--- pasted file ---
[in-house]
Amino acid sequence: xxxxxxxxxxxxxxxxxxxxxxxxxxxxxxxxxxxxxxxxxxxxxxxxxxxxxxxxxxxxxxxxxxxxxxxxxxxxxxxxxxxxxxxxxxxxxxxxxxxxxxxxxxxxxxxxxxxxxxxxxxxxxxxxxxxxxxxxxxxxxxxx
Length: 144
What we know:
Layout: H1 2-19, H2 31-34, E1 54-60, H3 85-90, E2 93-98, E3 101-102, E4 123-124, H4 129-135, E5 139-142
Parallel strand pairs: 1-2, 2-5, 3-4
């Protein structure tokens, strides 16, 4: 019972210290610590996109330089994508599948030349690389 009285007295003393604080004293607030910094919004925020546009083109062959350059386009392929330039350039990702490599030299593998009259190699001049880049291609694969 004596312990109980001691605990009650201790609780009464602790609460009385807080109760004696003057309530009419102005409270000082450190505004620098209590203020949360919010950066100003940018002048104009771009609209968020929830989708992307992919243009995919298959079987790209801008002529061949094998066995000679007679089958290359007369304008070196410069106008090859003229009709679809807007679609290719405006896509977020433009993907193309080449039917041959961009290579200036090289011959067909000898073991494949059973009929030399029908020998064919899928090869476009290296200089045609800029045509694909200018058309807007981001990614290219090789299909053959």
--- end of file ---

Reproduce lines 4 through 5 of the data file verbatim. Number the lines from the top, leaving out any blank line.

What we know:
Layout: H1 2-19, H2 31-34, E1 54-60, H3 85-90, E2 93-98, E3 101-102, E4 123-124, H4 129-135, E5 139-142